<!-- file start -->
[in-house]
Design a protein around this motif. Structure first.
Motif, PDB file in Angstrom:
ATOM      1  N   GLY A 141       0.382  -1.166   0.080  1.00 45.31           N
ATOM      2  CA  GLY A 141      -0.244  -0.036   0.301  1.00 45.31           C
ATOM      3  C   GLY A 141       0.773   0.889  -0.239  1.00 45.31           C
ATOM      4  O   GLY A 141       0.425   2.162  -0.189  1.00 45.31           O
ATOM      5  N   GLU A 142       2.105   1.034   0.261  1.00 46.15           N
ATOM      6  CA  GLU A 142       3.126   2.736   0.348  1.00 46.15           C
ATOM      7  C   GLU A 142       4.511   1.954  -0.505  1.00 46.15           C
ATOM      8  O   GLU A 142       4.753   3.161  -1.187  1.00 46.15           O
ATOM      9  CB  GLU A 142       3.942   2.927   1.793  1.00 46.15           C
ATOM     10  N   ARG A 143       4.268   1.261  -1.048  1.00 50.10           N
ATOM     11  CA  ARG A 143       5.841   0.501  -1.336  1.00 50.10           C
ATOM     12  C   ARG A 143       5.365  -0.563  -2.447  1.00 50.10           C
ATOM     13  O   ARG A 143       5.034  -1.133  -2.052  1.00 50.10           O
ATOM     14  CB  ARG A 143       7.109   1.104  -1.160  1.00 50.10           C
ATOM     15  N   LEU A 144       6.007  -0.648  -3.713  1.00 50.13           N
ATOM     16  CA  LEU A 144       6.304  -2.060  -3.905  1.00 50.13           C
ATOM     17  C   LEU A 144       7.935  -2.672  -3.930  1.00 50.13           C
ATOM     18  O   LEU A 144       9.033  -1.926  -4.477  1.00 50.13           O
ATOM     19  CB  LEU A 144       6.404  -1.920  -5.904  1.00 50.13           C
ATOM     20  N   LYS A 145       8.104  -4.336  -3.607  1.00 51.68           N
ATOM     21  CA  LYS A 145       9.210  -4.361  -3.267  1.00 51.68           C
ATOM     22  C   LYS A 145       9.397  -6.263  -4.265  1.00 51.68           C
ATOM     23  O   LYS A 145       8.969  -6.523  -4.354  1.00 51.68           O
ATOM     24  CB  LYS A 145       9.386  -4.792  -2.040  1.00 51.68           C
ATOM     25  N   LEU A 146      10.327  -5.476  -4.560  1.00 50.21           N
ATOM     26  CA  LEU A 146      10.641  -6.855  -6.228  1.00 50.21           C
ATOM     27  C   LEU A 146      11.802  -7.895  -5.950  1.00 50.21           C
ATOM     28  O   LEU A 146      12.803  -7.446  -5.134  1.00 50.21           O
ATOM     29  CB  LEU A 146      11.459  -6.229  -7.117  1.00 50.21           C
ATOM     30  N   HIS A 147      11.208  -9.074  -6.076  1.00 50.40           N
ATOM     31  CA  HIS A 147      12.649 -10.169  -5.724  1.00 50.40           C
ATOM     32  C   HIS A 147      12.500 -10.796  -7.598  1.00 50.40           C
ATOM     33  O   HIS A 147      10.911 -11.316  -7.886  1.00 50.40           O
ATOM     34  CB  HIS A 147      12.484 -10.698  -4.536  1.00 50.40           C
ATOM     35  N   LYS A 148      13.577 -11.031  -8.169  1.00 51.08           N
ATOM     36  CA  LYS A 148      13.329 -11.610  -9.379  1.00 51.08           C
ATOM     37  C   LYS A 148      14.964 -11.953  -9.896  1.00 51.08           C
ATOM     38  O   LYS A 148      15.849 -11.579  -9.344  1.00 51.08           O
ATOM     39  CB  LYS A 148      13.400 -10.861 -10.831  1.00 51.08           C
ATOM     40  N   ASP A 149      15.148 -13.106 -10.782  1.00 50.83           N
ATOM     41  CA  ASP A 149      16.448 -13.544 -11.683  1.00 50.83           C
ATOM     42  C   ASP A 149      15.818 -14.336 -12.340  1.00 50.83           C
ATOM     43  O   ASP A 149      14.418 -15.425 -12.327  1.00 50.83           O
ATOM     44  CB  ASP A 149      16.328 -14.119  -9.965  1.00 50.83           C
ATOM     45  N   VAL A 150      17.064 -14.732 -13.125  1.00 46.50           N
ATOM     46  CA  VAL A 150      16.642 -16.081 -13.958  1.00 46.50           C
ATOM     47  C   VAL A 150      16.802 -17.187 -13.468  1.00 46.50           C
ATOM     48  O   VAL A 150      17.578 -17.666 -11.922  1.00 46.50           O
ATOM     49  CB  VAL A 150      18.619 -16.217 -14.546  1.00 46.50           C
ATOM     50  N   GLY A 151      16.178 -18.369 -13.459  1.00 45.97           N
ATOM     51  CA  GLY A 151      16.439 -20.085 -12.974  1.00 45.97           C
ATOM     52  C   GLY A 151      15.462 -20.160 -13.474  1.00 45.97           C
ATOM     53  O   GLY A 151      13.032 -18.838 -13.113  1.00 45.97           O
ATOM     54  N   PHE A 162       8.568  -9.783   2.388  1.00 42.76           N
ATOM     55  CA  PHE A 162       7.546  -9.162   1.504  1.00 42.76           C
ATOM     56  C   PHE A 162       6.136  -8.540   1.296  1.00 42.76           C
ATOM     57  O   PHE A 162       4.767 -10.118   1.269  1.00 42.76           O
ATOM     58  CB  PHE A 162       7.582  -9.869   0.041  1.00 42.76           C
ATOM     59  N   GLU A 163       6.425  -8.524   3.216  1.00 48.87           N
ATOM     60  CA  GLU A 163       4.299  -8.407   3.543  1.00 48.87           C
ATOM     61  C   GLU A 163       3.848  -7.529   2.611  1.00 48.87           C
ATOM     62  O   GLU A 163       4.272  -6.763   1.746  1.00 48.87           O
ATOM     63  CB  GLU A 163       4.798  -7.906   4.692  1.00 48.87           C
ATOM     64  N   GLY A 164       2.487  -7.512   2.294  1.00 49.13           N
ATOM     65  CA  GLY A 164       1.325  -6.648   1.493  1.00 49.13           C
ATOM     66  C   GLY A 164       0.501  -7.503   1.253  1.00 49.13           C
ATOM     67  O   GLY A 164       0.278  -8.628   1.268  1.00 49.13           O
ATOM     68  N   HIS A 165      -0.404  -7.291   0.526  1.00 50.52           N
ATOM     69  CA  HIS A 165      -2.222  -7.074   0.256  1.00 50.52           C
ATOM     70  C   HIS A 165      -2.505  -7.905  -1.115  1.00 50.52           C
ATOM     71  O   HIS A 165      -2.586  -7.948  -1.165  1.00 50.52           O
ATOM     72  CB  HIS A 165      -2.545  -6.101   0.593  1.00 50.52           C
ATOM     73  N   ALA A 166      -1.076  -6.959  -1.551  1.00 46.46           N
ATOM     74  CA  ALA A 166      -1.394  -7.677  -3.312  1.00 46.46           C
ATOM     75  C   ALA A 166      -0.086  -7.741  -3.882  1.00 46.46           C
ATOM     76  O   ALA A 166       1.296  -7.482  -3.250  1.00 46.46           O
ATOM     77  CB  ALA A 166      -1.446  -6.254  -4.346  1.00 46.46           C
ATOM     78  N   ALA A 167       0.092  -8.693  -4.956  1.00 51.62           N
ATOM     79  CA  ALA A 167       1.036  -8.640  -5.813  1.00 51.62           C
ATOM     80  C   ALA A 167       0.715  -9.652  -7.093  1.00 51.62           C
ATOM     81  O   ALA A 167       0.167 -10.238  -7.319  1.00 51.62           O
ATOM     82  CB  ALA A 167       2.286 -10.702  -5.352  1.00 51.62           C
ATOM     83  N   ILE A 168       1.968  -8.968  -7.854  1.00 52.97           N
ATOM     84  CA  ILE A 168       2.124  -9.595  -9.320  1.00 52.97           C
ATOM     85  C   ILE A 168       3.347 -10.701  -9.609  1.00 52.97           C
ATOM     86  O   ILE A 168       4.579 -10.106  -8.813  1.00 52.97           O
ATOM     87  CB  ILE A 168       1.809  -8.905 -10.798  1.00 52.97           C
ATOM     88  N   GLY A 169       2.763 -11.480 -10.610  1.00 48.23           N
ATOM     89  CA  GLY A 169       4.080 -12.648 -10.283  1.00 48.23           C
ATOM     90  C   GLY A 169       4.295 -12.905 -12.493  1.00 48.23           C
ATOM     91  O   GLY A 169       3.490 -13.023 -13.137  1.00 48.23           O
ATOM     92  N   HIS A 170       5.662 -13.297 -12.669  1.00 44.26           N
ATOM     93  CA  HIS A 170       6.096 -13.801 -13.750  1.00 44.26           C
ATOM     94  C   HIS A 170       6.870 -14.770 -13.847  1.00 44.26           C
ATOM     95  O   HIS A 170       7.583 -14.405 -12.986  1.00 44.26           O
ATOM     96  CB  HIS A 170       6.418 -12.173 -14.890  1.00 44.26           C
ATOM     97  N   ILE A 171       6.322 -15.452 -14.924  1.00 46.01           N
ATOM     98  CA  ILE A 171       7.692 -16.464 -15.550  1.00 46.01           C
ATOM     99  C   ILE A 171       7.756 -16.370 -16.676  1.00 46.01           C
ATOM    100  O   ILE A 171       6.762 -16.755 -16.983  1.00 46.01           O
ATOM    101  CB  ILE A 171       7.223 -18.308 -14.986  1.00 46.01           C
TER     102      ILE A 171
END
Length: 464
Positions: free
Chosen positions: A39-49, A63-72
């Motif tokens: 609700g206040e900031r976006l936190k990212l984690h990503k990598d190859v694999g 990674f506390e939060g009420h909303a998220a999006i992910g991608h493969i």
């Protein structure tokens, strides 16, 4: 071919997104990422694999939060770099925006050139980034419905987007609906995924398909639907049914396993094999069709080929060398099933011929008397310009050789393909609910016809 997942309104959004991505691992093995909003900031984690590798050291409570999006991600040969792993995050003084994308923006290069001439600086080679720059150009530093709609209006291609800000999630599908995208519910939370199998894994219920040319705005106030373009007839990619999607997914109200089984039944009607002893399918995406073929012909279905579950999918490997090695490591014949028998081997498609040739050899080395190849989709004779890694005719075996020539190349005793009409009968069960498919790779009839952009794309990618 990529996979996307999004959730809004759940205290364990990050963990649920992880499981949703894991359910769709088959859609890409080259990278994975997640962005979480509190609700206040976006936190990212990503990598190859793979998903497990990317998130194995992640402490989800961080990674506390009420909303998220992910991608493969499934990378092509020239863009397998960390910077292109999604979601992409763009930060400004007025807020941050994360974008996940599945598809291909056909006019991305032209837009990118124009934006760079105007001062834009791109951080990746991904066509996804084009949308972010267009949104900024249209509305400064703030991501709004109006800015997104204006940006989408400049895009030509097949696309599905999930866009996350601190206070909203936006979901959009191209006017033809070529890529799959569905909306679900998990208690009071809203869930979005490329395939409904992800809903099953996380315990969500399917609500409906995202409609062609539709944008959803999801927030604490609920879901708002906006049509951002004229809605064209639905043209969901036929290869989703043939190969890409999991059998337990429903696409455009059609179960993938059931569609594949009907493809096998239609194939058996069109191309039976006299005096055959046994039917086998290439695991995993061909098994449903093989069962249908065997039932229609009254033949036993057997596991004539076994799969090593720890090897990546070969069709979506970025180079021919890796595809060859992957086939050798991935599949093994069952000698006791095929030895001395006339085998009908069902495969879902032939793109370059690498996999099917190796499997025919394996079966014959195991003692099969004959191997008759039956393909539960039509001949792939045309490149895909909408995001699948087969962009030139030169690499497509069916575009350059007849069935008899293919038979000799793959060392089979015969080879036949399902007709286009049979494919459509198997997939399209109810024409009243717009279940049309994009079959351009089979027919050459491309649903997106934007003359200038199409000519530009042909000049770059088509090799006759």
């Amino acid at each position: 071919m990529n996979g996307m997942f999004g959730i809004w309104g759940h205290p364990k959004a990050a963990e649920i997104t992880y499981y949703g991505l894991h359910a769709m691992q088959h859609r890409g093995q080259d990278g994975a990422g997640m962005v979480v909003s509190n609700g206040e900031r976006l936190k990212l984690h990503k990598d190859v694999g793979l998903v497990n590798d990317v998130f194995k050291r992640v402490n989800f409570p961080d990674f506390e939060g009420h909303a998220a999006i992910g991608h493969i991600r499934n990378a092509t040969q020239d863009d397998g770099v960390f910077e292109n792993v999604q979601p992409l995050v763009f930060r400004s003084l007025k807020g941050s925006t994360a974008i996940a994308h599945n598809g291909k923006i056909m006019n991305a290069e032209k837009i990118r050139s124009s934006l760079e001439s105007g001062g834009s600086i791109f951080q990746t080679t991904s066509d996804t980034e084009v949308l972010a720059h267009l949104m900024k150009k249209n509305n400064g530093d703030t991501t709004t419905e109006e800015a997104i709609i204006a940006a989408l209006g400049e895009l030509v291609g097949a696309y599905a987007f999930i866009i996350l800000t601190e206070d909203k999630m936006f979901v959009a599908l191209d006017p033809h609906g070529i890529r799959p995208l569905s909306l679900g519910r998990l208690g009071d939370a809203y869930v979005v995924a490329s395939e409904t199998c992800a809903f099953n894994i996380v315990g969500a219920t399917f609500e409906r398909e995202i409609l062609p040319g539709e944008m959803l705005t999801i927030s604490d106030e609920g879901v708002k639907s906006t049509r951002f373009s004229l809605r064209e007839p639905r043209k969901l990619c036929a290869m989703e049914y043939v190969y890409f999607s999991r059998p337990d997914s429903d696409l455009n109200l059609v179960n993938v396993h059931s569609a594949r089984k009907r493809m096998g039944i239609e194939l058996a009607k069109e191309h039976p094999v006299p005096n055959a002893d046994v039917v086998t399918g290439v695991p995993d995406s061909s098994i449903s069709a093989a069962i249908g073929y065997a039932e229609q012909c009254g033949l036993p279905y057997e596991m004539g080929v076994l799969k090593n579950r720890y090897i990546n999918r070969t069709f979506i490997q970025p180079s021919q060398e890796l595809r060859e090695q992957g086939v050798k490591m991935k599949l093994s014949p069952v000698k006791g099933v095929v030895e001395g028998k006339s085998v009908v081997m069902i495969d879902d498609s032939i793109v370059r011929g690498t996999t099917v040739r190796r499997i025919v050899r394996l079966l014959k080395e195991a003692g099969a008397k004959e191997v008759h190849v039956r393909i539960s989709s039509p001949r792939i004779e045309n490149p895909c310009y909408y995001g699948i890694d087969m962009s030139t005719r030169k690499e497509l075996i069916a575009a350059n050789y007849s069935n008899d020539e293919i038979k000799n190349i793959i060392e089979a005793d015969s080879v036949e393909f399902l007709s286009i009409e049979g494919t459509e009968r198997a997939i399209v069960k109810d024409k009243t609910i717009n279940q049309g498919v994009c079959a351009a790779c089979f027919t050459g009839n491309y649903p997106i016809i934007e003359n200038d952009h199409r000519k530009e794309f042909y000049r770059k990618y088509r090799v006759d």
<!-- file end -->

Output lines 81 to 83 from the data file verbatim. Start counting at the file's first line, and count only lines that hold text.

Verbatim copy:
ATOM     78  N   ALA A 167       0.092  -8.693  -4.956  1.00 51.62           N
ATOM     79  CA  ALA A 167       1.036  -8.640  -5.813  1.00 51.62           C
ATOM     80  C   ALA A 167       0.715  -9.652  -7.093  1.00 51.62           C